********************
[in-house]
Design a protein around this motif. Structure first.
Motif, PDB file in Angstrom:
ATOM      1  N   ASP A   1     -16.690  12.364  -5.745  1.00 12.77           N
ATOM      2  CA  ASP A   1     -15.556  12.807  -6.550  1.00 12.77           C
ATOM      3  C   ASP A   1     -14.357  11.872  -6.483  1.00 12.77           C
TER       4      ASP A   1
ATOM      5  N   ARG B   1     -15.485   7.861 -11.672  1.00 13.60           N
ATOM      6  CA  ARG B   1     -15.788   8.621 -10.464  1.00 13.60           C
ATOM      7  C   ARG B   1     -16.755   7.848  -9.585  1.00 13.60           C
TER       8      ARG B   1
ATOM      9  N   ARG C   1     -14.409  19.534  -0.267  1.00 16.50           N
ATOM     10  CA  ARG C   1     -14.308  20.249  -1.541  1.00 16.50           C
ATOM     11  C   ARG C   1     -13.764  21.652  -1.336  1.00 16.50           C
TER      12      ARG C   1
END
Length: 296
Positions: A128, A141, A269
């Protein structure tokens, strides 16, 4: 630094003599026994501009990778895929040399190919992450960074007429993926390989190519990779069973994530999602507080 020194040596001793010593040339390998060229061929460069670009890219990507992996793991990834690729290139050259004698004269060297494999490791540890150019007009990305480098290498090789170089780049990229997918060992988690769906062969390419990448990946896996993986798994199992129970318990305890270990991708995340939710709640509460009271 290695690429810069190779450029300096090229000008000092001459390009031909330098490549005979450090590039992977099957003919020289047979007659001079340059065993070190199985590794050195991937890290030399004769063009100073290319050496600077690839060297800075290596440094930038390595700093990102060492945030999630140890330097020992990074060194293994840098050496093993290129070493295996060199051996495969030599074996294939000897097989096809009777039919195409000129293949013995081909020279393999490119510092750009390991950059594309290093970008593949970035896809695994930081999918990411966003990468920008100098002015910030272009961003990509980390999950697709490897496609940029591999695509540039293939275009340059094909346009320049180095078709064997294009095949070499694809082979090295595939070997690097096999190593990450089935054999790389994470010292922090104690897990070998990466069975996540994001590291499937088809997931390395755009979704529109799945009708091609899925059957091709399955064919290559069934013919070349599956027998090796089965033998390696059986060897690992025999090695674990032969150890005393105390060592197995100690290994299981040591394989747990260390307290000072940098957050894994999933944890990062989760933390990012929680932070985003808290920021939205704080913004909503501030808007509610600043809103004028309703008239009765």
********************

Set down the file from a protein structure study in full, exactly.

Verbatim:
[in-house]
Design a protein around this motif. Structure first.
Motif, PDB file in Angstrom:
ATOM      1  N   ASP A   1     -16.690  12.364  -5.745  1.00 12.77           N
ATOM      2  CA  ASP A   1     -15.556  12.807  -6.550  1.00 12.77           C
ATOM      3  C   ASP A   1     -14.357  11.872  -6.483  1.00 12.77           C
TER       4      ASP A   1
ATOM      5  N   ARG B   1     -15.485   7.861 -11.672  1.00 13.60           N
ATOM      6  CA  ARG B   1     -15.788   8.621 -10.464  1.00 13.60           C
ATOM      7  C   ARG B   1     -16.755   7.848  -9.585  1.00 13.60           C
TER       8      ARG B   1
ATOM      9  N   ARG C   1     -14.409  19.534  -0.267  1.00 16.50           N
ATOM     10  CA  ARG C   1     -14.308  20.249  -1.541  1.00 16.50           C
ATOM     11  C   ARG C   1     -13.764  21.652  -1.336  1.00 16.50           C
TER      12      ARG C   1
END
Length: 296
Positions: A128, A141, A269
């Protein structure tokens, strides 16, 4: 630094003599026994501009990778895929040399190919992450960074007429993926390989190519990779069973994530999602507080 020194040596001793010593040339390998060229061929460069670009890219990507992996793991990834690729290139050259004698004269060297494999490791540890150019007009990305480098290498090789170089780049990229997918060992988690769906062969390419990448990946896996993986798994199992129970318990305890270990991708995340939710709640509460009271 290695690429810069190779450029300096090229000008000092001459390009031909330098490549005979450090590039992977099957003919020289047979007659001079340059065993070190199985590794050195991937890290030399004769063009100073290319050496600077690839060297800075290596440094930038390595700093990102060492945030999630140890330097020992990074060194293994840098050496093993290129070493295996060199051996495969030599074996294939000897097989096809009777039919195409000129293949013995081909020279393999490119510092750009390991950059594309290093970008593949970035896809695994930081999918990411966003990468920008100098002015910030272009961003990509980390999950697709490897496609940029591999695509540039293939275009340059094909346009320049180095078709064997294009095949070499694809082979090295595939070997690097096999190593990450089935054999790389994470010292922090104690897990070998990466069975996540994001590291499937088809997931390395755009979704529109799945009708091609899925059957091709399955064919290559069934013919070349599956027998090796089965033998390696059986060897690992025999090695674990032969150890005393105390060592197995100690290994299981040591394989747990260390307290000072940098957050894994999933944890990062989760933390990012929680932070985003808290920021939205704080913004909503501030808007509610600043809103004028309703008239009765």